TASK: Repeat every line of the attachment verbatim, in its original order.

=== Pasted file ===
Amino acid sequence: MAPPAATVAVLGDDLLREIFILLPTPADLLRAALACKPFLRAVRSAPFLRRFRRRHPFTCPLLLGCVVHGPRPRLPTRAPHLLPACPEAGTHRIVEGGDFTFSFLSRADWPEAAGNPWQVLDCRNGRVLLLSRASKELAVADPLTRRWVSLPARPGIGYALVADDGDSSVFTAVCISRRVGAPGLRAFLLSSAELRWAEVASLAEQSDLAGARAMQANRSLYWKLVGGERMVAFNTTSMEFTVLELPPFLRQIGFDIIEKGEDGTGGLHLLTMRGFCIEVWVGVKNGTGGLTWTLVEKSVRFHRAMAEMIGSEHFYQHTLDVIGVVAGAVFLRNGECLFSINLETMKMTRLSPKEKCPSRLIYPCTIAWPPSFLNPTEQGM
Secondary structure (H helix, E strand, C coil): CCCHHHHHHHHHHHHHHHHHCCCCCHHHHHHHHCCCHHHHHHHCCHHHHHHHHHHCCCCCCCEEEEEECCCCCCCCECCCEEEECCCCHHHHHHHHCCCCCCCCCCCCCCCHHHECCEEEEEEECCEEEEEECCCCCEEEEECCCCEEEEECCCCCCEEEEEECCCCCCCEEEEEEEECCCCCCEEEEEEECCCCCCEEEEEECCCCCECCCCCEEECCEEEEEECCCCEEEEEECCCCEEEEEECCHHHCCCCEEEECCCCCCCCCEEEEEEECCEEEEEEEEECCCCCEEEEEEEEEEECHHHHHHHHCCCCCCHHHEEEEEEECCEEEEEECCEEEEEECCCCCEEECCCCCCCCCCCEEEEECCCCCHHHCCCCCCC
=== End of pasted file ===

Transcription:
Amino acid sequence: MAPPAATVAVLGDDLLREIFILLPTPADLLRAALACKPFLRAVRSAPFLRRFRRRHPFTCPLLLGCVVHGPRPRLPTRAPHLLPACPEAGTHRIVEGGDFTFSFLSRADWPEAAGNPWQVLDCRNGRVLLLSRASKELAVADPLTRRWVSLPARPGIGYALVADDGDSSVFTAVCISRRVGAPGLRAFLLSSAELRWAEVASLAEQSDLAGARAMQANRSLYWKLVGGERMVAFNTTSMEFTVLELPPFLRQIGFDIIEKGEDGTGGLHLLTMRGFCIEVWVGVKNGTGGLTWTLVEKSVRFHRAMAEMIGSEHFYQHTLDVIGVVAGAVFLRNGECLFSINLETMKMTRLSPKEKCPSRLIYPCTIAWPPSFLNPTEQGM
Secondary structure (H helix, E strand, C coil): CCCHHHHHHHHHHHHHHHHHCCCCCHHHHHHHHCCCHHHHHHHCCHHHHHHHHHHCCCCCCCEEEEEECCCCCCCCECCCEEEECCCCHHHHHHHHCCCCCCCCCCCCCCCHHHECCEEEEEEECCEEEEEECCCCCEEEEECCCCEEEEECCCCCCEEEEEECCCCCCCEEEEEEEECCCCCCEEEEEEECCCCCCEEEEEECCCCCECCCCCEEECCEEEEEECCCCEEEEEECCCCEEEEEECCHHHCCCCEEEECCCCCCCCCEEEEEEECCEEEEEEEEECCCCCEEEEEEEEEEECHHHHHHHHCCCCCCHHHEEEEEEECCEEEEEECCEEEEEECCCCCEEECCCCCCCCCCCEEEEECCCCCHHHCCCCCCC